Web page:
This series of articles, "The Rational Clinical Examination" in JAMA is by far one of my favorite approaches to medicine. They ask simple clinical questions, and they do literature searches to find evidence to apply. Additionally, the form in which they distill the evidence tends to be likelihood ratios - a far more useful statistical construct in estimating how a particular finding contributes to ruling-in or ruling-out disease.
This most recent literature review covers gastrointestinal bleeding - and it covers a few worthwhile points. Most encouragingly, the authors are exceedingly skeptical about the utility of NG tube placement - reasonable positive LR for UGIB, but, as the authors note, a suspected source is usually well-established prior to NG tube placement. Additionally, they note that the NG lavage does not tend to influence final patient-oriented outcomes - and lean towards not recommending its use. Secondly, they also cover the Blatchford and Rockall scores, which are decision instruments that might have value in helping triage patients for outpatient management.
"Does This Patient Have a Severe Upper Gastrointestinal Bleed?"
Saturday, May 5, 2012
Thursday, May 3, 2012
Turns out, it's only mildly earthshaking - for some students, location is more important. For other students, the program "fit" is more important.
The article goes on to evaluate whether there are specific factors that residency directors can influence in terms of attracting the right candidates and, obviously, none of the location-based factors are easily influenced by program leadership. The top location-based factor was simply the attractiveness of a particular geographic location, with proximity to family being the next most important factor.
Drilling into the features of individual programs that residency directors can modify, it seems as though candidates base their decision mostly on "gut feeling" - coming down to how well they clicked during the interview session or when meeting with current residents. After "fit" characteristics, then factors such as curriculum, length of program, and reputation came into play. Relatively unimportant features were compensation, program size, and websites/social media run by a program.
Unfortunately, the article does not delve into what specific program characteristics residents were looking for - presumably 3-year programs were preferred to 4-year, and one of the popular curriculum questions during visits is regarding the presence of "floor" months. However, it is an interesting overview of how candidates self-report the importance of their ranking influences.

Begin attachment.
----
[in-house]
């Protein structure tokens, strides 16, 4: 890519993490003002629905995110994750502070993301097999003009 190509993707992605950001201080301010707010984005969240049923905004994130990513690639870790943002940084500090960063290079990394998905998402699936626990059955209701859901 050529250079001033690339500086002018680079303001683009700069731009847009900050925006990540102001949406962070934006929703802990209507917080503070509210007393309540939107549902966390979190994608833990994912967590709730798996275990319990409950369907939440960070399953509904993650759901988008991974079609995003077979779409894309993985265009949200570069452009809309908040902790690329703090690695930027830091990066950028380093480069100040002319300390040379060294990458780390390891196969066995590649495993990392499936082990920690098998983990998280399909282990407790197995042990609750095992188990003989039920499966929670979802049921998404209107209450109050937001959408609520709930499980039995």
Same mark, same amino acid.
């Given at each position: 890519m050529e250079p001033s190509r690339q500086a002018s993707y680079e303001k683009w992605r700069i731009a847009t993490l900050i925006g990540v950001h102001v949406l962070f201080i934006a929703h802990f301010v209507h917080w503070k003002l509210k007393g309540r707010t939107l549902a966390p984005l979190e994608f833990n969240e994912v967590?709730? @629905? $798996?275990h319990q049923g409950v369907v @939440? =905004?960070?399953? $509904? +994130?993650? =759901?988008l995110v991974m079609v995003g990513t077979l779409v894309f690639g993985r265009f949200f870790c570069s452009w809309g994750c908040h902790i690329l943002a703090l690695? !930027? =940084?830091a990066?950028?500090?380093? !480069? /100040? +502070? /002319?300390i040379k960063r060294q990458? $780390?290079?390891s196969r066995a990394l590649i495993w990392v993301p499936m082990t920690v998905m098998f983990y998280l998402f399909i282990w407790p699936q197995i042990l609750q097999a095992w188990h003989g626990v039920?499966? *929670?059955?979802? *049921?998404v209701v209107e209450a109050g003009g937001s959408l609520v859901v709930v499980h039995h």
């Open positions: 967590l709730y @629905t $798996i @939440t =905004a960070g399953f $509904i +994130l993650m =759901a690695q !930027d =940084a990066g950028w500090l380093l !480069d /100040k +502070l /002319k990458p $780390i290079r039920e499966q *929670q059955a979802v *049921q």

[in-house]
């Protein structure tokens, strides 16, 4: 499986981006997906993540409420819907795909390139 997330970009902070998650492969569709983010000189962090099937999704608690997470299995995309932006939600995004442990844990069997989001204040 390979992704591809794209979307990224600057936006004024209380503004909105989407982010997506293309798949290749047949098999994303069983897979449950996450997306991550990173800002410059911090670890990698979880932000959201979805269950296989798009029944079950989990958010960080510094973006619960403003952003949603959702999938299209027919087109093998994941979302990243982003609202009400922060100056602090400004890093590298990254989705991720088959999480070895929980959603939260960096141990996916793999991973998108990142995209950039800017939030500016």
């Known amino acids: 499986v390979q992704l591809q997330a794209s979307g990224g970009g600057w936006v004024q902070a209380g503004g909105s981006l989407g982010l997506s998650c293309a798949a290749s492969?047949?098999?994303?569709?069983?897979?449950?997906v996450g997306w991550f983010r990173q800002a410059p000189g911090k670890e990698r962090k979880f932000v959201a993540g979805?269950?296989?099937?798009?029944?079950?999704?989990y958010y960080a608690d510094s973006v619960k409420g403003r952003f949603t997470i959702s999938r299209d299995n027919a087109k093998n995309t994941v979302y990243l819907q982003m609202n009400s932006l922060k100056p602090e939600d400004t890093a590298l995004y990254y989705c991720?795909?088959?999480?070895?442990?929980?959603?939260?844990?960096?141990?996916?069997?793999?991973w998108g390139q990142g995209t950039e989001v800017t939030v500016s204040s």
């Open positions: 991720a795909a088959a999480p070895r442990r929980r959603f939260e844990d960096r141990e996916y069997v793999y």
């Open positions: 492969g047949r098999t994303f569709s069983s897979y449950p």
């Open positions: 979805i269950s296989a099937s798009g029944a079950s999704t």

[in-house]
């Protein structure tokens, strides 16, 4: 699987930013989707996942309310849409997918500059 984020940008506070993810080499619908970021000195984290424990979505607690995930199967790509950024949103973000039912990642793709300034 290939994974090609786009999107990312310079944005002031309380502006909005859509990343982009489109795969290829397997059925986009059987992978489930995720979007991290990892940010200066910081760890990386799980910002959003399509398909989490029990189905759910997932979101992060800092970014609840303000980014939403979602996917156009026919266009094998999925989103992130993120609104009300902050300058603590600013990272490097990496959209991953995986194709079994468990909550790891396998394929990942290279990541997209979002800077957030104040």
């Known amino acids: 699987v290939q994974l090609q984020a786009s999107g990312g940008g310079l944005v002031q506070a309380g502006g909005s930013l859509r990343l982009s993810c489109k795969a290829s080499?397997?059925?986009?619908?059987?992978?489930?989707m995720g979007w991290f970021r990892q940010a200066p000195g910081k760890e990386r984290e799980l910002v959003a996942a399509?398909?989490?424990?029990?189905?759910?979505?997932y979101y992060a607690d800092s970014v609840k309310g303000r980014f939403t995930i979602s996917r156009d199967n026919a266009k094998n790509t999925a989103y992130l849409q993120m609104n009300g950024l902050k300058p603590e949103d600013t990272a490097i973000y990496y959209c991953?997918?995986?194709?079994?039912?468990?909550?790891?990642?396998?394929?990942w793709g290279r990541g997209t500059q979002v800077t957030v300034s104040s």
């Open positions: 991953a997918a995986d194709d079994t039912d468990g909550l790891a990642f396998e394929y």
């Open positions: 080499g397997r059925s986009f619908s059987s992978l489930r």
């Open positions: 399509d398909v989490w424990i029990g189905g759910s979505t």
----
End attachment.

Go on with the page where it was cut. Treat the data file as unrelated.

"Factors That Influence Medical Student Selection of an Emergency Medicine Residency Program: Implications for Training Programs"
Tuesday, May 1, 2012
As if physicians are children, and truths must be hidden from them, three consultants of the healthcare industry have published a commentary in JAMA regarding the possible adverse effects of conflict of interest disclosure.
They provide cautionary justification for their belief that physicians who have conflicts of interest will overstate or exaggerate their results. They believe this will happen either as a compensatory mechanism to overcome any skepticism created their reported COI, or because physicians will use their disclosure as an excuse to provide biased results "because the [audience] has been warned." They also feel that disclosures of conflicts of interests to patients might make them anxious, which would impact the therapeutic relationship built on trust. And, finally, they believe that all this hullabaloo about disclosure distracts from the real COI issues associated with fee-for-service and other financial arrangements that should be prioritized for reform. I tend to think these are narrow, paternalistic arguments that downplay the critical importance of transparency.
Additionally, given a ten citation limit, they cite their own prior articles six times. I'm not sure if this is an effective strategy to build trust in their evidence or the legitimacy of their message.
But it got them in JAMA.
"The Unintended Consequences of Conflict of Interest Disclosure"
Sunday, April 29, 2012
The "Best Evidence Topic" reports from the Manchester Royal Infirmary are published in the Journal of Emergency Medicine. Overall, they are meant to summarize evidence regarding more practical, clinical applications. One of the recent summaries focuses on appendicitis, and whether eliciting pain during coughing, percussion, or hopping is useful in ruling in or out disease.
For this topic, they summarize a few articles - mostly following a prospective derivation study in which hopping/percussion/coughing was 93% sensitive and 100% specific for appendicitis. Unfortunately, the test performance didn't quite hold up - sensitivity ranging from 72% to 89%, depending on age group, and highly variable specificities.
So, unfortunately, somewhat like the "hamburger test," you won't be able to base the entirety of your clinical disposition on this, but it's not an irrelevant input into your general clinical gestalt.
"BET 1: Is abdominal pain when asked to hop suggestive of appendicitis in children?"